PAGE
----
Black History Month

Surya Bonaly

Updated: Feb 12

Honoring Black History Month.

Celebrating Black athletes in sports, dance and arts.


Joel Richardson | The Washington Post


Surya Bonaly is best known for and became globally famous for being the only Olympic figure skater to land a backflip on only one blade; she performed it at the 1998 Winter Olympics in Nagano, Japan.


Bonaly was born in France in 1973 and adopted at 8 months old by a white French couple.


Her mother was a sports coach who taught multiple disciplines from gymnastics to figure skating. Whenever Bonaly's mother was at the skating rink teaching students, Bonaly tagged along and put on skates. – 2019 Interview with Kare11 Minneapolis News


Today she resides in Minnesota and coaches in partnership with her fiancé.


"Even if it was just some push-ups, if someone asked me to do 20, I would do 30, and I think that has helped me through life by always giving more." – Bonaly (CNBC 2019)

“I don’t know if race made it more difficult, but it certainly made me stronger. Maybe I won’t be accepted by a white person. But if I’m better, they have no choice.” – Bonaly (Washington Post 2018)

She began skating at the age of 2 and developed a passion for gymnastics at the age of 4. A junior champion gymnast who transitioned to skating full-time as a preteen, she was able to perform backflips by the time she was 12.


Bonaly is a three-time World Cup silver medalist, five-time champion of Europe and a nine-time champion of France.


“A versatile athlete and one of the most decorated figure skaters to ever come from France, Bonaly became a champion while defying the ubiquitous “ice princess” trope that still dominates the figure skating world.” – Vice Magazine, 2018



Her Skating Style Was Heavily Critiqued


“Judging someone on artistic merit invites bias. What is beautiful and breathtaking to you may not be the same to me.” – Alfred Mathewson, Surya's father

Surya was considered to have an unorthodox jumping style that was not in line with the traditional style of skating. In 1992 Bonaly changed coaches and began training in the United States with Frank Carroll to cultivate her artistry, and her artistic scores improved but the loaded criticism continued.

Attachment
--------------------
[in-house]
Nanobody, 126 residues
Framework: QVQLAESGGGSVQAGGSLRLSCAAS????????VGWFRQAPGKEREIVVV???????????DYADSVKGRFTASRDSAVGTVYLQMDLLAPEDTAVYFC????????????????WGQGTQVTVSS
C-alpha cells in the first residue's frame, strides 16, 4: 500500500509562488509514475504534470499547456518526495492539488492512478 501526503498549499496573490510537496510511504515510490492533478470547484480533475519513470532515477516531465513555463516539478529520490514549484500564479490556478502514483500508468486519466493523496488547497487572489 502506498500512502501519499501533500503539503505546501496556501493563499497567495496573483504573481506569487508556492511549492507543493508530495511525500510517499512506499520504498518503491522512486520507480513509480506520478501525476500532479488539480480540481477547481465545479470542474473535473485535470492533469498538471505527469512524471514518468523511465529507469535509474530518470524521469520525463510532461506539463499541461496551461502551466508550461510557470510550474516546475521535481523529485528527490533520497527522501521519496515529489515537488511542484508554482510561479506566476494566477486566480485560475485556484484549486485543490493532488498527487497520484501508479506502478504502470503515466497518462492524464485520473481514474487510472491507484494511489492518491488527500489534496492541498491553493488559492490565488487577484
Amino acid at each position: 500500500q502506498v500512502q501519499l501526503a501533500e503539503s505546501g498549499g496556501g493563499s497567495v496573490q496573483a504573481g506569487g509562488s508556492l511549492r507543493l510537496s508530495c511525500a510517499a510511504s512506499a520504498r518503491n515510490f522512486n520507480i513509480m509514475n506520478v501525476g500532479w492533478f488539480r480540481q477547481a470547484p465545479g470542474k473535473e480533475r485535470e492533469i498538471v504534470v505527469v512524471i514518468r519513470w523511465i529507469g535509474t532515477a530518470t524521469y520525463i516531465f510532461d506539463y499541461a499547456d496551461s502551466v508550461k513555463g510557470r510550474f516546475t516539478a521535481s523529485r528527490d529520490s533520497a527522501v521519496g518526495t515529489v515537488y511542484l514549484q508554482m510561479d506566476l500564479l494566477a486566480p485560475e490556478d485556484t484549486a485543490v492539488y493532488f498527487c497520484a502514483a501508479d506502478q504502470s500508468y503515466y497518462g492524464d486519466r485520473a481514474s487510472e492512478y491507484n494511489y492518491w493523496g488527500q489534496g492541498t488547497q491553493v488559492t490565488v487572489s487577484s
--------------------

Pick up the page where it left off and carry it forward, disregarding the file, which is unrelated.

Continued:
At the 1994 World Championships in Chiba, Japan it came down to a choice between Yuka Sato’s artistry and dynamic footwork and Surya Bonaly’s gymnastic jumping. The judges gave the championship to Sato, and Bonaly at first refused to join the other medalists on the awards podium, sparking criticism from the press and skating world. – Los Angeles Times


Bonaly later shared that her actions came from frustration. In being constantly criticized for not fitting into the mold of what a skater should be, she had changed coaches, changed her skating style, and now reflected an image closer to what the traditional ideal was—but she still didn’t medal though she had skated a more difficult routine than Sato. – Vice Magazine, 2018



About Her Famous Jump


At the 1998 Winter Olympics in Nagano Bonaly famously performed her signature move, the now iconic one-footed backflip, in competition.


The backflip, which has been a mainstay of show skating and exhibitions for decades had been banned since 1976, after American Terry Kubicka landed a two-footed version at the Innsbruck Olympics.


Going into the Games, Bonaly suffered from an Achilles’ tendon injury so it wasn’t surprising that her short program landed her in sixth place. “I wanted to do something to please the crowd, not the judges,” she said that night, according to the Miami Herald. – Washington Post, 2018


She says it [the jump] was a way for her to make her final performance memorable. "I was not a 100 percent at my full potential because of my body," she said. "So at the last second, I said I can't go on anymore. My legs hurt too much. My Achilles can't do anything. What should I do? Everything is clicking in my head, and I said okay, I don't have much time. I know it's my last competition ever, ever, ever. I have the back flip! Why not? If I land on one foot it's still okay." She said that all went through her head while she was on the ice, still moving, still performing. She said she wanted to go out with a bang, and she did. She performed the flip, and landed successfully. She lost points for the back flip. She placed 10th. – 2019 Interview with Kare11 Minneapolis News


Watch the interview here.


“That was my last Olympics, and pretty much my last competition ever. I wanted to leave a trademark. If someone else did it later in a competition, I would have been pissed because I was kind of the one who created it, so now it’s in everyone’s memory!” – Bonaly (The Root, 2014)


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